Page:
There are several women in Scripture for whom my heart absolutely aches. Leah, because her husband Jacob openly loved his other wife, Rachel, more. Mary, the mother of Jesus, whose joy of birth and early motherhood gave way to letting go of the unpredictable and divine Son she watched die on the Cross.
And then there is Hephzibah. She was wife of Hezekiah, the most righteous king of Judah and mother of Manasseh, the most wicked king of Judah. Oh, how her heart must have broken, watching her son destroy every righteous reform Hezekiah had made during his reign—after his father (King Ahaz) had nearly destroyed Judah with idolatry.
Truth, Fact, and Fiction
As with every story I write, there are certain Jewish traditions I rely on to fill in details of stories that aren’t included in our biblical text. Many of the stories come from Jewish Midrash, oral histories passed down for centuries, which are fascinating reading but not inerrant as is the cannon of Scripture. Hephzibah’s identity is mentioned in the Bible only once:
“Manasseh was twelve years old when he became king, and he reigned in Jerusalem fifty-five years. His mother’s name was Hephzibah.” 2 Kings 21:1–2
The name Hephzibah is used a second time in Isaiah’s prophecy to describe the restored Jerusalem. As a young believer, I remember thinking this odd. So I looked up what the name “Hephzibah” meant. I was both intrigued and amazed to discover it meant, delight of the Lord. What kind of woman would merit such a name? What qualities did she possess? Was she someone special to Isaiah? Someone special to God? In that moment, I decided I wanted to be a Hephzibah—a delight to my God.
Many years later I discovered, in the centuries-old Jewish stories, that the prophet Isaiah was Hephzibah’s father. How precious that he had spoken of his daughter with the same tenderness and joy that Yahweh felt for Jerusalem after its perfect and complete restoration.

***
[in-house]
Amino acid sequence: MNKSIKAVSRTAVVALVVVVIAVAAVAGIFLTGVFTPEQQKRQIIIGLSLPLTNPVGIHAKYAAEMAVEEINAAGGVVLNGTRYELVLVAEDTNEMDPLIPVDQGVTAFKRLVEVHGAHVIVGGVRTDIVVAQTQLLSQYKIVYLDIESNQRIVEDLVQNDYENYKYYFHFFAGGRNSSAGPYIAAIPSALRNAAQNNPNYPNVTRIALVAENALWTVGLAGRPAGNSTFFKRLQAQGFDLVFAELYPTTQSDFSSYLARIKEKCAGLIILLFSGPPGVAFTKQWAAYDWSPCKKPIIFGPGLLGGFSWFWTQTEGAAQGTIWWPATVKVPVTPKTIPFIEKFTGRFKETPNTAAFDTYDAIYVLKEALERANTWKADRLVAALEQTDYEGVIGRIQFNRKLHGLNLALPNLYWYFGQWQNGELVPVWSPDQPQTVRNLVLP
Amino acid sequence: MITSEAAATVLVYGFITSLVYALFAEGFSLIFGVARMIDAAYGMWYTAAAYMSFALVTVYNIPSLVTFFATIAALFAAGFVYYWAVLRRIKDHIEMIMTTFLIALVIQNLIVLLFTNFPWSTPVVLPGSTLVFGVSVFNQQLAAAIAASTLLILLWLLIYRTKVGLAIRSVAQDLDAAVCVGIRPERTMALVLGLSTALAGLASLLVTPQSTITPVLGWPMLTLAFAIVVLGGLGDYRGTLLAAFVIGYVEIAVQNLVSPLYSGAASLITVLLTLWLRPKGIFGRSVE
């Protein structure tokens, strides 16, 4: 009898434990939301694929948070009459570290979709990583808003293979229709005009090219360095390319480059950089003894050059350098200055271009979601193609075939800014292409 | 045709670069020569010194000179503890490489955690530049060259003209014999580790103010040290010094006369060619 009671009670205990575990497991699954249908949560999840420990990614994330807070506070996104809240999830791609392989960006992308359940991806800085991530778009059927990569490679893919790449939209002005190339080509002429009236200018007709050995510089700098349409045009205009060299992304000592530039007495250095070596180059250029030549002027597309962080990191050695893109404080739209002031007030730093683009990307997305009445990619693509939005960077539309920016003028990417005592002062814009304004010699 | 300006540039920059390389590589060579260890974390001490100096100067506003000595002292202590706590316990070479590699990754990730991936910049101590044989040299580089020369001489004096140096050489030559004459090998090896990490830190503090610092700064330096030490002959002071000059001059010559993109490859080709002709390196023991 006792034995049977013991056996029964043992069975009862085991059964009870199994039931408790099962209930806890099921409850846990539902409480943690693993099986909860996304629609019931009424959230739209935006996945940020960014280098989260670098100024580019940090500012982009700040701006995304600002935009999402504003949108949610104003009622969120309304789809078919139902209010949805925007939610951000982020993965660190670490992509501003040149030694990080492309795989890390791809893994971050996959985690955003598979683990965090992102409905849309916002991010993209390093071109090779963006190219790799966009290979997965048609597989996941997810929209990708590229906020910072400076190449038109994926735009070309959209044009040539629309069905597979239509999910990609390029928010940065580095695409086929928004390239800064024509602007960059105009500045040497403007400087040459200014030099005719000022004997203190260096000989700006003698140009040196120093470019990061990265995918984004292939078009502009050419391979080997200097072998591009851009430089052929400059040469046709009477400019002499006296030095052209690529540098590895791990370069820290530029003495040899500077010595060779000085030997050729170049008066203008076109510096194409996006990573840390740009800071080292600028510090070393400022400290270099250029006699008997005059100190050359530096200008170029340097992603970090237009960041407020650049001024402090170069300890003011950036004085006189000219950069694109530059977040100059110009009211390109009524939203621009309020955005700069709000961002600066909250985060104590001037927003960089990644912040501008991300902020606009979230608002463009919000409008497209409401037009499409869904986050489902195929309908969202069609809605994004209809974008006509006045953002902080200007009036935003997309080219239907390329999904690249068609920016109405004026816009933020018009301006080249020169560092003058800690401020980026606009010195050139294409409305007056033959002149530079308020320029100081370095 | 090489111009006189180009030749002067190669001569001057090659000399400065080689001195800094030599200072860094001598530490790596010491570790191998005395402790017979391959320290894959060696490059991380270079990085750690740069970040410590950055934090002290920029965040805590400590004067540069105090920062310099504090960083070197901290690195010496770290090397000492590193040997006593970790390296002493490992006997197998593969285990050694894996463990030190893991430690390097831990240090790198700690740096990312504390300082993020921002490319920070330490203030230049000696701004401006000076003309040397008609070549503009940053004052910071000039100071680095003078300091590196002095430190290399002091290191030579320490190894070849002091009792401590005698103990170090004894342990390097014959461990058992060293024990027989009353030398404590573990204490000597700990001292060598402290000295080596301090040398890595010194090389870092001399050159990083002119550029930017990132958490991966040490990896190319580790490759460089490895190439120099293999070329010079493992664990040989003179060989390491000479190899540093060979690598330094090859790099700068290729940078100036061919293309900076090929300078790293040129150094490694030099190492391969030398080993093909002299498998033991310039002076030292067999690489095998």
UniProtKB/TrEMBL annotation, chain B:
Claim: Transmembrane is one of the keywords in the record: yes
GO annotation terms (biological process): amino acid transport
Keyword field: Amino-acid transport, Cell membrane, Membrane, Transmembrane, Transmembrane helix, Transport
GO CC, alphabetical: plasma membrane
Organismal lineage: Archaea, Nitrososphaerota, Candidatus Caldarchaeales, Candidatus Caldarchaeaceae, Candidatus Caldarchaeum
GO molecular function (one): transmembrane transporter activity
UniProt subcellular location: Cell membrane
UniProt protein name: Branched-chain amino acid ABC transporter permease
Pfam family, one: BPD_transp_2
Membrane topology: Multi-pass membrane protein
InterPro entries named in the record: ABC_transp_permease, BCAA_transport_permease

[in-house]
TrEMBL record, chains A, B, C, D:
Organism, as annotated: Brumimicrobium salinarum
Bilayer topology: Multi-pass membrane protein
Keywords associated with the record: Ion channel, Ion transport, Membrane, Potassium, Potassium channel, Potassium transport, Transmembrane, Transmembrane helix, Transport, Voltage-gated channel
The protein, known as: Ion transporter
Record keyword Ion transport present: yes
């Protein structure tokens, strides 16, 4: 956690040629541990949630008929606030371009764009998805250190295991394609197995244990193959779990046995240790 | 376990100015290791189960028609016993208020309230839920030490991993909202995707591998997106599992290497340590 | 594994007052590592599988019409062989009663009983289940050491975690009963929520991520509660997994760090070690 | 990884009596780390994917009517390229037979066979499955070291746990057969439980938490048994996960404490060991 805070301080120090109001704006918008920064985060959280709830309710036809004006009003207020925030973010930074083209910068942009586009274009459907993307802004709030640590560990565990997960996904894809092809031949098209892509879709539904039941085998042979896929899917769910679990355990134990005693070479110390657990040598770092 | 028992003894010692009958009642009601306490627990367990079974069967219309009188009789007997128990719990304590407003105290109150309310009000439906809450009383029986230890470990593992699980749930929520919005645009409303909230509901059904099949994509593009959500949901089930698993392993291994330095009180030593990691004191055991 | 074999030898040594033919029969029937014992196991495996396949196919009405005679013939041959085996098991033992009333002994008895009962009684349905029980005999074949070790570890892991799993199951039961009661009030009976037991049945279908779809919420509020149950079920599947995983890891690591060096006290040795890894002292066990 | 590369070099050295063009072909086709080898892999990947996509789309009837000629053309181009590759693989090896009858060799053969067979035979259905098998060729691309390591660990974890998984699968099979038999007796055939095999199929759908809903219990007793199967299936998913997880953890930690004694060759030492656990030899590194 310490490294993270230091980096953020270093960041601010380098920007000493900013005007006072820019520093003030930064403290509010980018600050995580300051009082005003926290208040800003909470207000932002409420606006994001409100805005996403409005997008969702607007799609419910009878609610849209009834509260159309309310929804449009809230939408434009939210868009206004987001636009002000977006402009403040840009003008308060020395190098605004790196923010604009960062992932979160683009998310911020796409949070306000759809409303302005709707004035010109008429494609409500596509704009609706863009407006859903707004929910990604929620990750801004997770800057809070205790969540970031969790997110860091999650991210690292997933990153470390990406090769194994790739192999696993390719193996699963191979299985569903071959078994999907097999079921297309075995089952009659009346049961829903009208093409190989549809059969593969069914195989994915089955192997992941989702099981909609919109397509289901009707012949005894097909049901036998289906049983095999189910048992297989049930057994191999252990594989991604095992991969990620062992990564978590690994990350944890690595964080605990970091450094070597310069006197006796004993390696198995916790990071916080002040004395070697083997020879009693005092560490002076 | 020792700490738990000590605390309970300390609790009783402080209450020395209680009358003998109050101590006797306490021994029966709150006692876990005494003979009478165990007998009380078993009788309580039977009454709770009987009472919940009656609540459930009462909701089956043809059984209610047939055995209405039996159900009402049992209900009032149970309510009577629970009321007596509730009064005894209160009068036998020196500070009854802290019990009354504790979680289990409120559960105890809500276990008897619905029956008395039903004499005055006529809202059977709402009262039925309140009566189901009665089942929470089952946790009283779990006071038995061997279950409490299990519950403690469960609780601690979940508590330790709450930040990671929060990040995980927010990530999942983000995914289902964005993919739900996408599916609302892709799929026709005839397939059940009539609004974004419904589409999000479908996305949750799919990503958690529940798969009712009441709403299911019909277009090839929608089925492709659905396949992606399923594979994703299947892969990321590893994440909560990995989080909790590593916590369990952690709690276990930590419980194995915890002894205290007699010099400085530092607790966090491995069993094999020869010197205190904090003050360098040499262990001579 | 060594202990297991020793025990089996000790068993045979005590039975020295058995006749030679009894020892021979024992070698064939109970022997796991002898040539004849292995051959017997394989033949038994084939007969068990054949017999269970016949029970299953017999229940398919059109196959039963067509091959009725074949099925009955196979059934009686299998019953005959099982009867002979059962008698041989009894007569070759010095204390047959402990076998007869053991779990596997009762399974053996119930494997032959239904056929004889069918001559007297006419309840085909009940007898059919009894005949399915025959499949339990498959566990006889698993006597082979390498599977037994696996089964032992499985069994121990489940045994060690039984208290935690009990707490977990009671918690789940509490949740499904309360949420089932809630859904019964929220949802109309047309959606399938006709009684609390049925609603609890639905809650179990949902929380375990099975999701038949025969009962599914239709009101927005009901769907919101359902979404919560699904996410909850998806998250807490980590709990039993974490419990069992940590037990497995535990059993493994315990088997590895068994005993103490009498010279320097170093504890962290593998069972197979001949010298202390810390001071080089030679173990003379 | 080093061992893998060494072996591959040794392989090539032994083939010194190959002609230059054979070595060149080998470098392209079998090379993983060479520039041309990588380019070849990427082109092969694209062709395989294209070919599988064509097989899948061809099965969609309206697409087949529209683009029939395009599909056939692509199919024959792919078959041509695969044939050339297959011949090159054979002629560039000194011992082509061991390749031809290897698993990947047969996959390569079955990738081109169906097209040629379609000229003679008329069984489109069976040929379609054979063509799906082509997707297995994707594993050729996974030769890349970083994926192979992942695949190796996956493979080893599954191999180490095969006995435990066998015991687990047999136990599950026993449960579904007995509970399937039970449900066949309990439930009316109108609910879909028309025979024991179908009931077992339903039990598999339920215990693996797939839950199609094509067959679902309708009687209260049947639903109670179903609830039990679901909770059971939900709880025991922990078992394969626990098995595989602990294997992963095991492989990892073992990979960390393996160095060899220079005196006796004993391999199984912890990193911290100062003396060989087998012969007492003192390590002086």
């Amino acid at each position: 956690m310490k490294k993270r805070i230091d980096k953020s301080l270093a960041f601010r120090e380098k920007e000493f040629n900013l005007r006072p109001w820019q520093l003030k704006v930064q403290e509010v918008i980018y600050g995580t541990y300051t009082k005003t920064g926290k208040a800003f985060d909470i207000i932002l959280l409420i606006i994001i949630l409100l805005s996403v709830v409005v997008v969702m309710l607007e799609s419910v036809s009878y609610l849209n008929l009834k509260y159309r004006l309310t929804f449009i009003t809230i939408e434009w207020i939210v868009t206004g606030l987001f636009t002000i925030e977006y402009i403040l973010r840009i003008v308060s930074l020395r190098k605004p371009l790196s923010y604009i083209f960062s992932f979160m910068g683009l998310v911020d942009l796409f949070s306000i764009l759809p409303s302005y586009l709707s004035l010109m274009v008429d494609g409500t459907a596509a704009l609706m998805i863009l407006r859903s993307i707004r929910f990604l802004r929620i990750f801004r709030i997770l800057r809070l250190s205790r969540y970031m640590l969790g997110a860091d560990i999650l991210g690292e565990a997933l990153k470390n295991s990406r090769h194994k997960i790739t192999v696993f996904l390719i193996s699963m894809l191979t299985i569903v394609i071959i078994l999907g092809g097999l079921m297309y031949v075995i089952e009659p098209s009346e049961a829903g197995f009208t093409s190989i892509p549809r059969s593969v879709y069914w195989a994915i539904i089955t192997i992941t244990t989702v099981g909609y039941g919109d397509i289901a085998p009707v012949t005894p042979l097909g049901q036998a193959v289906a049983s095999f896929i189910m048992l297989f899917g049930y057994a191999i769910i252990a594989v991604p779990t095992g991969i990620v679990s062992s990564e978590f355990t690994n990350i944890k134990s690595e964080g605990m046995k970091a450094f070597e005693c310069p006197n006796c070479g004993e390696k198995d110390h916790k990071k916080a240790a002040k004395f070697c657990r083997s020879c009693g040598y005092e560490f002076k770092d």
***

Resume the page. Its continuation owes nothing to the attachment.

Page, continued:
A Father & His Daughter
My dad always adored my sister and me. My sister was his firstborn and the apple of his eye. I was his baby girl, and even until his last breath, I lit up his face when I walked into the room. Dad loved my brother dearly, of course, but it was different with us girls. He was our provider and protector until he gave us to our husbands—exactly as Isaiah speaks of his daughter and as God spoke of Jerusalem in the prophecy . . .
“No longer will they call you Deserted, or name your land Desolate. But you will be called Hephzibah, and your land Beulah; for the Lord will take delight in you, and your land will be married.” Isaiah 62:4
When I read and pondered this passage, I felt that Hephzibah’s early years in the story needed to be more than just a troubled teen in a prophet’s home. Deserted and Desolate imply some pretty hard circumstances, which is why the fiction portion of my story includes Isaiah’s adoption of the orphan girl named Ishma (which in Hebrew means, Desolation).
Who Gives This Woman?
Did Isaiah believe Hezekiah was the Messiah of his prophecies? Here’s an even more interesting thought: Did he think he was offering his daughter to marry the Messiah? It becomes evident, later in Isaiah’s prophecies, that he realizes Hezekiah is not the Messiah of his prophecies. What then?
Has something similar ever happened to you with a family member or friend? What happens when the person you once thought so noble or righteous falls off the pedestal you placed them on? Who gets hurt—you or them? Both?
Questions for Eternity
Hephzibah was a real woman, and I certainly have lots of questions I’d like to ask when I finally meet her in eternity. My guess is I’ll forget every question for Hephzibah when I stand in awe of the One who delights in her. May our prayers be that He delights in us. May His grace be sufficient to cover all we don’t know, all we think we know, and all we wish we knew.
- Stories from Jewish Midrash, oral histories passed down for centuries, are fascinating but not inerrant as is the Bible.
- Isaiah spoke of his daughter with the same tenderness and joy Yahweh felt for Jerusalem after its restoration.
- May God’s grace be sufficient to cover all we don’t know, all we think we know, and all we wish we knew.
- If you could ask Hephzibah, Hezekiah, or Isaiah any question at all, what would it be?